Sledding is one of the few outdoor activities children and adults alike can enjoy during the winter. All the fun and excitement of sledding can make it easy to forget how dangerous it can be. It’s important to remember that thousands of children visit the hospital each year due to sledding injuries and there are some safety basics to keep in mind.
Common Sledding Injuries
- Bruises, cuts and broken bones are the most common sledding injuries.
- Head and neck injuries are common among children 6 years old and younger.
Preparing to Sled
- Ensure all equipment is in good condition. Don’t sled using equipment with sharp edges and cracks.
- Make sure children dress for the cold, wearing gloves, hats and boots.
- Encourage small children to wear a helmet to prevent head injuries. Good options include sport helmets, multi-sport, and bicycle helmets that fit properly.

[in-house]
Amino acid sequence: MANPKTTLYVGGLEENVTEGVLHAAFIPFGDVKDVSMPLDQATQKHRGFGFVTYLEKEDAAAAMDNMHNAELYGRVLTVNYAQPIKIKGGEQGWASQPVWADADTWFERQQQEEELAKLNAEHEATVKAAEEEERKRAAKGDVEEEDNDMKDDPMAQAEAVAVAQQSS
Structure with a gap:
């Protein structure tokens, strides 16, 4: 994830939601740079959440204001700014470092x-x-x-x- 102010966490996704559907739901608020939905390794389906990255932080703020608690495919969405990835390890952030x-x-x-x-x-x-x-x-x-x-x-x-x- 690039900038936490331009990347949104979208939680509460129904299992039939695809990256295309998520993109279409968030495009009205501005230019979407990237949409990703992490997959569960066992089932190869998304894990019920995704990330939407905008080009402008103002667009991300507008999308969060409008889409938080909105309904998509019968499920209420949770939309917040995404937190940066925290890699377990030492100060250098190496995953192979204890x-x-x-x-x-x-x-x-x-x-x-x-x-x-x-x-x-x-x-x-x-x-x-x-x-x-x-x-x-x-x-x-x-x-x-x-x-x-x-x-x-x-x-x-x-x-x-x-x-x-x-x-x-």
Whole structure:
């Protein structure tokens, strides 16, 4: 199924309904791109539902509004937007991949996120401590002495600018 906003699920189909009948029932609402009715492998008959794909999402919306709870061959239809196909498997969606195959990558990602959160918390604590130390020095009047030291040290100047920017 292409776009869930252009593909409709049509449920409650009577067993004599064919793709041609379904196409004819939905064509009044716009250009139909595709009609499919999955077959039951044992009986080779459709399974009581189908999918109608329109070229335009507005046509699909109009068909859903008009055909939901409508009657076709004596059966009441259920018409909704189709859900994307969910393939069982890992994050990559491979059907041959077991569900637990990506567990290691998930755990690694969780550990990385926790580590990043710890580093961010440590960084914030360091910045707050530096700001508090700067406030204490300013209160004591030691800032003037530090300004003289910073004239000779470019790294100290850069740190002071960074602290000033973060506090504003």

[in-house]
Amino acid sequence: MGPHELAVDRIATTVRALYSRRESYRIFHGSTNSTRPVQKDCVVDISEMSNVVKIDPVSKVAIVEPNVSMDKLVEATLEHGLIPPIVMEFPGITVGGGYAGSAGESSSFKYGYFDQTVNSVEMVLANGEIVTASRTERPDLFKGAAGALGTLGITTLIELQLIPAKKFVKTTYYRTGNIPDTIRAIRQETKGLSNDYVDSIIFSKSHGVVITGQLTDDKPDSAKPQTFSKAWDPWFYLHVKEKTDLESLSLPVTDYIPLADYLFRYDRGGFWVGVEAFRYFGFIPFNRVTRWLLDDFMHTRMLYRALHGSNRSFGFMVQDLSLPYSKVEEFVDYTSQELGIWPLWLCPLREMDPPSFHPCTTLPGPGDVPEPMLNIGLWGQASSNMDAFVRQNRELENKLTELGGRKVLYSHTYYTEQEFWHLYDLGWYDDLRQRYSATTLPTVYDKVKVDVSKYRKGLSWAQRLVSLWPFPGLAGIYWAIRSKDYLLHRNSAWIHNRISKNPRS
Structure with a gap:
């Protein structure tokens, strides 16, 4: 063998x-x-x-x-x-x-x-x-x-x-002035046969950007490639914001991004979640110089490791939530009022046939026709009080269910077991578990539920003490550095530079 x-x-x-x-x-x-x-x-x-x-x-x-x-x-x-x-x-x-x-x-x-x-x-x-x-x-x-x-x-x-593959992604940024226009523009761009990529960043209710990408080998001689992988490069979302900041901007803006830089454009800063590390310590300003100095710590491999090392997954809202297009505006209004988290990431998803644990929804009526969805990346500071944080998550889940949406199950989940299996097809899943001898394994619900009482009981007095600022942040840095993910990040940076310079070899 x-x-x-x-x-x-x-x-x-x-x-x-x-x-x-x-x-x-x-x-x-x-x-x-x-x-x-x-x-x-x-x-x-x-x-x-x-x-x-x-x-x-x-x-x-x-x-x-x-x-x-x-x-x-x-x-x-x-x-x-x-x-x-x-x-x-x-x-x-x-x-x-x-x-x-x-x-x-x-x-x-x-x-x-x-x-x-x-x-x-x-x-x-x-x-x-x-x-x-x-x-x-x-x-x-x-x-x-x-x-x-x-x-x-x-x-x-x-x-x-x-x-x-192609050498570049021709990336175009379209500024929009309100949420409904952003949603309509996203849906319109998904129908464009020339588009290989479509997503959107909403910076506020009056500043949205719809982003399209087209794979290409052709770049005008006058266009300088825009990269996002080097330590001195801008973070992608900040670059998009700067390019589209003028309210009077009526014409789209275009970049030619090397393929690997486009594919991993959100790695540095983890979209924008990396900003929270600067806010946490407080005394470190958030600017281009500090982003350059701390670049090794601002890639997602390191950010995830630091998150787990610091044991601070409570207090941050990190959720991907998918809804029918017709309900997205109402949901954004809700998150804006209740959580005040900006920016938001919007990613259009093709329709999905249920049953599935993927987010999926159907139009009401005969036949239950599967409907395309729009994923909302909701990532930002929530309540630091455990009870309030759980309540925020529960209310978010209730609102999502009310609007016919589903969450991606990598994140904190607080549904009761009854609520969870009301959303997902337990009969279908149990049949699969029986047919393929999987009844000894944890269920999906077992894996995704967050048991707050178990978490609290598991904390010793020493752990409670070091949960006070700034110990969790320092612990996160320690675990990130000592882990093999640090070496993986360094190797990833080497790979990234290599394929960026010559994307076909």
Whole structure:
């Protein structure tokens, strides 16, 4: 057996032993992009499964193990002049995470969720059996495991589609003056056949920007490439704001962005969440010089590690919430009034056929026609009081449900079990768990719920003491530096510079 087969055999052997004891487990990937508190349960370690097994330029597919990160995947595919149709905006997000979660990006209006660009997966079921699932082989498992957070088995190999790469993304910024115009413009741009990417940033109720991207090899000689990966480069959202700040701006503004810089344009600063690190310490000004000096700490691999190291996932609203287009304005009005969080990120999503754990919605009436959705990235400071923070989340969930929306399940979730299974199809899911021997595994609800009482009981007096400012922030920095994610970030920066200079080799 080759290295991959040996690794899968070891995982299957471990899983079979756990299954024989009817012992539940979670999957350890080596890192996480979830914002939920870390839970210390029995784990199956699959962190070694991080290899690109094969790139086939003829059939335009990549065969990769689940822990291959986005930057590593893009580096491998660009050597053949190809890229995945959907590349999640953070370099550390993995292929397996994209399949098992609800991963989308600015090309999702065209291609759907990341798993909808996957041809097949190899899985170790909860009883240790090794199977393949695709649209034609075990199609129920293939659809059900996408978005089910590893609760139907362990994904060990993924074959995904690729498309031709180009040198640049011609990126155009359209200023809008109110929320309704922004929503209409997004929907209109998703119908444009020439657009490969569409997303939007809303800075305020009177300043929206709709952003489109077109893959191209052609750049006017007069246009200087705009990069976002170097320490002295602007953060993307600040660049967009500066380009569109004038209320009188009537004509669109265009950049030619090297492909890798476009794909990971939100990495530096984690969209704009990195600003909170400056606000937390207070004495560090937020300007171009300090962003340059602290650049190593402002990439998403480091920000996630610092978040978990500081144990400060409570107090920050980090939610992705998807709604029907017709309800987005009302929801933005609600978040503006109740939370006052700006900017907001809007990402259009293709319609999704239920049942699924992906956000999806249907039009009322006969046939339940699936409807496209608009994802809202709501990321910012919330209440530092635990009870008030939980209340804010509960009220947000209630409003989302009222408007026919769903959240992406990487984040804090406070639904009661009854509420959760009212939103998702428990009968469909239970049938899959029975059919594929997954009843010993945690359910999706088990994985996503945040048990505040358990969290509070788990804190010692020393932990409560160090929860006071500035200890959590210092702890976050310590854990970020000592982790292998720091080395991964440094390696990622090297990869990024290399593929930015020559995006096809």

Sledding Safety Tips
- Children under the age of 12 should never be left unattended when using a sled hill.
- Avoid sledding in areas with trees, fences or light poles.
- Always sled down a hill feet first. Never sled on your stomach or while facing backwards.
- Don’t overload the sled. Follow the manufacturers guidelines for the recommended number of passengers and weight limits for your sled.
- Never sled in the street or an open highway.
- Never ride a sled being pulled by a car, ATV, snowmobile or any other motorized vehicle.
- Avoid sledding on driveways, slopes or hills that end in a street, parking lot, drop-off, river or pond.
- Only use a tube in parks designated for tubing – often at ski resorts. Tubes are hard to steer and can be especially dangerous if there is not enough open space.
There are plenty of great memories to be had this winter. Sledding safely is just one way to ensure a fun and safe experience with your little ones.